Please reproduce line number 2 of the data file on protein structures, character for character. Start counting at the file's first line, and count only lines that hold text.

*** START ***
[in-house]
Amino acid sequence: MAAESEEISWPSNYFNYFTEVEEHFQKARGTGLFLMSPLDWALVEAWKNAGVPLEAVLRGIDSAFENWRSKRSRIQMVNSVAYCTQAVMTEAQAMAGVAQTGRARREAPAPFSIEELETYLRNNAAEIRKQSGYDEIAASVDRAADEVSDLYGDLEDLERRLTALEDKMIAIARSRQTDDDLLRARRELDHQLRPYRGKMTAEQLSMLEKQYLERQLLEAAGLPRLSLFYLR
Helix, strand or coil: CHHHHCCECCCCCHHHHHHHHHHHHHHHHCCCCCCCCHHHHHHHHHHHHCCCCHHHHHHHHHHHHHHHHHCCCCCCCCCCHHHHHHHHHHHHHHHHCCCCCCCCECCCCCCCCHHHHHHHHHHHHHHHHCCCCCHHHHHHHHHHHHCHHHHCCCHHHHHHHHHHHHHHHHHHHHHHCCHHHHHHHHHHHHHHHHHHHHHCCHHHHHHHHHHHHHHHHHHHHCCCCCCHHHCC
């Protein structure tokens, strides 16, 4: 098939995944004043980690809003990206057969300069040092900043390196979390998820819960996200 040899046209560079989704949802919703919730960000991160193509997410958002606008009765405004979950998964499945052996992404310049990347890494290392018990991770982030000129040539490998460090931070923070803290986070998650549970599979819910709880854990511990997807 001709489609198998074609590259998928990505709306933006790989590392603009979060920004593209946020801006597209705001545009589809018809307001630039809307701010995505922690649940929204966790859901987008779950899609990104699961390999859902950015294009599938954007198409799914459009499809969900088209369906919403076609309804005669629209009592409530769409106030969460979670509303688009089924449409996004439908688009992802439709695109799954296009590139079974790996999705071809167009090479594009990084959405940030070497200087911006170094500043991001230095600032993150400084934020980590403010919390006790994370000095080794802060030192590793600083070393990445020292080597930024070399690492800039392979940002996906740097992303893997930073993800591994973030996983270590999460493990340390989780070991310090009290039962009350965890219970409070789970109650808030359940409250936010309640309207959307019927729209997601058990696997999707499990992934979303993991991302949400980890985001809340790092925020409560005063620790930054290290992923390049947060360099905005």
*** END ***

Amino acid sequence: MAAESEEISWPSNYFNYFTEVEEHFQKARGTGLFLMSPLDWALVEAWKNAGVPLEAVLRGIDSAFENWRSKRSRIQMVNSVAYCTQAVMTEAQAMAGVAQTGRARREAPAPFSIEELETYLRNNAAEIRKQSGYDEIAASVDRAADEVSDLYGDLEDLERRLTALEDKMIAIARSRQTDDDLLRARRELDHQLRPYRGKMTAEQLSMLEKQYLERQLLEAAGLPRLSLFYLR